Launched by the Comic Book Legal Defense Fund, the Comics Connector features a growing list of comics professionals state by state, as well as in Canada, along with their contact information.
During the jam-packed event on July 29, nearly 2,000 educators, principals, and superintendents from across New York City’s five boroughs were encouraged to rethink their teaching with new practices and digital tools this fall—and beyond.
These innovative public library destinations for young children and their caregivers are places for reading, romping, and learning.
The Fred Rogers Center for Early Learning and Children’s Media carries on the life work of this beloved educational icon.
The college reversed an earlier decision to add a warning to the description of an English course teaching “Persepolis” and three other graphic novels after a student objected to graphic language in the books.
You might say that the iPad’s been cursed by its own success—full of mid-to-low quality apps that tease kids with free offers. Here’s a starter list of better apps, with something for every youngster.
Texas public librarian Sally Meyers has marched with more than 24,000 children during National Library Week to promote reading. “Read to Me!” is their message and demonstration cry as they march around the Tom Green County Courthouse.
Students from P.S. 107 in Brooklyn, NY, have written and published two books about endangered animals, gained the endorsement of Jane Goodall and the World Conservation Society, and raised thousands of dollars to protect elephants and rhinos.
Do your students know where to find news? Here are five free websites featuring news and media content from around the world, selected by Director of Library Services at Worcester (MA) Academy Jenn Hanson.
In a no-cost program with strong potential, Brooklyn Public Library messages parents and caregivers with suggestions to get pre-K children talking, reading, and learning.
A school librarian teaches young students how to analyze persuasive advertising strategies by looking at gendered earplugs, chain-store clothing ads, and other product pitches.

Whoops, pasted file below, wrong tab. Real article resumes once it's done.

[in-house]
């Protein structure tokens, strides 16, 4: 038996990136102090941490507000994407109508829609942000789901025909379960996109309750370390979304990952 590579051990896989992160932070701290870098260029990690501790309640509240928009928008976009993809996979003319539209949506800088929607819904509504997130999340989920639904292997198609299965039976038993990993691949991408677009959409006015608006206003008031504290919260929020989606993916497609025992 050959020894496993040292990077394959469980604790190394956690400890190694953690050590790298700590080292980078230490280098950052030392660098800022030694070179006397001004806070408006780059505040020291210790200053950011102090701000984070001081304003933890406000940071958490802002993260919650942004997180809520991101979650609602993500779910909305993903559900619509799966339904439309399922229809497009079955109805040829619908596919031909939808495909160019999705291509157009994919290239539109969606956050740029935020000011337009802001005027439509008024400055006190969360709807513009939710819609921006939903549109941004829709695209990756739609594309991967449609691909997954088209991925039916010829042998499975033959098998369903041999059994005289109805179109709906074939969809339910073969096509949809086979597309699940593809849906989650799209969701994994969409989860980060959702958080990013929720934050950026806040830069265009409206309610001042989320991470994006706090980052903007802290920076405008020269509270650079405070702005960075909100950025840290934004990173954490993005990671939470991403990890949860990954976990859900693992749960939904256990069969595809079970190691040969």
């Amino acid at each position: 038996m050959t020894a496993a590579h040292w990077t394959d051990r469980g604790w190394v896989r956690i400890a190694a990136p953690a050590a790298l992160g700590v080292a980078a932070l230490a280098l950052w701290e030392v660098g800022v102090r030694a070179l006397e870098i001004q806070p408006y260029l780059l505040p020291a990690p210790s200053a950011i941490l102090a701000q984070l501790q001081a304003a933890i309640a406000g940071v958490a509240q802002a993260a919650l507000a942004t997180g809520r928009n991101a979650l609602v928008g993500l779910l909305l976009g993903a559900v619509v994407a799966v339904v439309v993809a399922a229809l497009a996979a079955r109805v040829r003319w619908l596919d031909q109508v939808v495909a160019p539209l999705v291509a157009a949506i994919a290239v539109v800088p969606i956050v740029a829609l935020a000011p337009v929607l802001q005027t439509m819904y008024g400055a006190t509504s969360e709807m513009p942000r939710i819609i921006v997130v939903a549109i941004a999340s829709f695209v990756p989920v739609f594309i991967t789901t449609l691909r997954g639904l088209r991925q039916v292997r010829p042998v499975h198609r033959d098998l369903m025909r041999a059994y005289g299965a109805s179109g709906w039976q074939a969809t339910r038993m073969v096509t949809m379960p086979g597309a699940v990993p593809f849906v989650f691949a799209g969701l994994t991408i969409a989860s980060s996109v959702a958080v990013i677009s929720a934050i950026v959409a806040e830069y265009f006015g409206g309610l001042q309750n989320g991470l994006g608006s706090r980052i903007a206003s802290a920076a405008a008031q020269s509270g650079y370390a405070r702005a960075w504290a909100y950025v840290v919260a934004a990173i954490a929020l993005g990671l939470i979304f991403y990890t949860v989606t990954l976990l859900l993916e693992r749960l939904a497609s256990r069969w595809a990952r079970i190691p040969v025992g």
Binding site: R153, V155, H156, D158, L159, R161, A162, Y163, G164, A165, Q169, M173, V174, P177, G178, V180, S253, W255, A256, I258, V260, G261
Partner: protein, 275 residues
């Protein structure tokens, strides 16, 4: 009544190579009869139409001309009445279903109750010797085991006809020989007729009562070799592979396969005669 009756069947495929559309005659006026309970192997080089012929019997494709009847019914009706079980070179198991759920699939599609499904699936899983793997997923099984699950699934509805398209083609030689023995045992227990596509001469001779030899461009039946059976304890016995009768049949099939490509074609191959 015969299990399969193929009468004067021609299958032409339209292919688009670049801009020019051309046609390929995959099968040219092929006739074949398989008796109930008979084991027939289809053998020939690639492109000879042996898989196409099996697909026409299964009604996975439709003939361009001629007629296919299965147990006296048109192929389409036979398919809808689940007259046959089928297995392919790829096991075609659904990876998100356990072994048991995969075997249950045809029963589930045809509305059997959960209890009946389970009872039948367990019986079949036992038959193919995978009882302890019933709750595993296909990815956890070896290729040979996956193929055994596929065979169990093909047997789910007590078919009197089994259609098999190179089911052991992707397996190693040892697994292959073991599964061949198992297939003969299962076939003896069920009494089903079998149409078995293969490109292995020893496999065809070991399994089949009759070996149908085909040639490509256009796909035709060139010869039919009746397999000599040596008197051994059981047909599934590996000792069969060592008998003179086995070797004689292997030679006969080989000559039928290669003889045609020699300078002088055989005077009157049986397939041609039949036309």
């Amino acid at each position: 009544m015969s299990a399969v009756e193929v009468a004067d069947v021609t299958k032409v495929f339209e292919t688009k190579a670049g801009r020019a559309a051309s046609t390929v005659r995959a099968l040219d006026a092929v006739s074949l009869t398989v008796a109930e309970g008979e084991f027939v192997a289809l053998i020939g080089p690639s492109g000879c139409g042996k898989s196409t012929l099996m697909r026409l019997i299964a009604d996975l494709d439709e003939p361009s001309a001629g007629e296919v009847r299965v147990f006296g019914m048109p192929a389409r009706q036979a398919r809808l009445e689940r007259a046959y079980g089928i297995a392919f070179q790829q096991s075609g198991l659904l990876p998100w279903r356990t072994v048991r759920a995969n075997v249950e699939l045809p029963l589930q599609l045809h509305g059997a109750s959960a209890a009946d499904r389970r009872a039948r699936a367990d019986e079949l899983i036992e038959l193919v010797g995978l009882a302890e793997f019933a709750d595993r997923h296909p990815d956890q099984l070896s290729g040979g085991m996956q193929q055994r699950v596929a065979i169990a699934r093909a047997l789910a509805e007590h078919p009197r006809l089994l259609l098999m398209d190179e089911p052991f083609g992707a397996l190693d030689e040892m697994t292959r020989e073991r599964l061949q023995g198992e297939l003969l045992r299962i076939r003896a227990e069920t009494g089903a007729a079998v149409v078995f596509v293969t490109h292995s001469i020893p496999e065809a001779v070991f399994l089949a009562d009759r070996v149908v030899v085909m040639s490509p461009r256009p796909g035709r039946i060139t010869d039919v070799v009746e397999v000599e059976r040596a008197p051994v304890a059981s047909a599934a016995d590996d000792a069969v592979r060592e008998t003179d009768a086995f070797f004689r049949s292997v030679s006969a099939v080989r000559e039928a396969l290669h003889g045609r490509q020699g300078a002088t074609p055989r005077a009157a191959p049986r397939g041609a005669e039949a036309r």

These sorting, stacking, and other hands-on activities in libraries support math and science learning. Also: a STEM storytime booklist for toddlers and online resources for teaching pre-K STEM.
Pediatric surgeon Dana Suskind has become an emerging leader in the science of language development and a partner with the Chicago Public Library in a venture to create new interactive learning spaces.
Doug Johnson and Laurie Conzemius, both of whom have worked in Minnesota schools, took home awards recognizing educators who transform teaching through innovative technology integration.
Greater outreach and a holistic approach to early learning characterizes initiatives such as Too Small to Fail, which seeks to place literacy-positive images in prime-time TV shows. A far-reaching outward focus is taking hold in library programs as well.
A high school librarian engages freshman in role play while researching the Victorian Era—complete with hoop skirts, washboards, silver polish, and cooking assignments.
This past week in Philadelphia I participated in a meeting that launched the year-long process of refreshing ISTE’s Standards for Students. The organization acknowledges the accelerated pace of change and is entering the process of seeing what works, what is still relevant, what is obsolete, what is still missing since the last refresh in 2007. […]
As studies increasingly show that early learning supports later student achievement, financial investment on the national, state, and local level has increased. Libraries are showing that they can be ideal partners in this effort.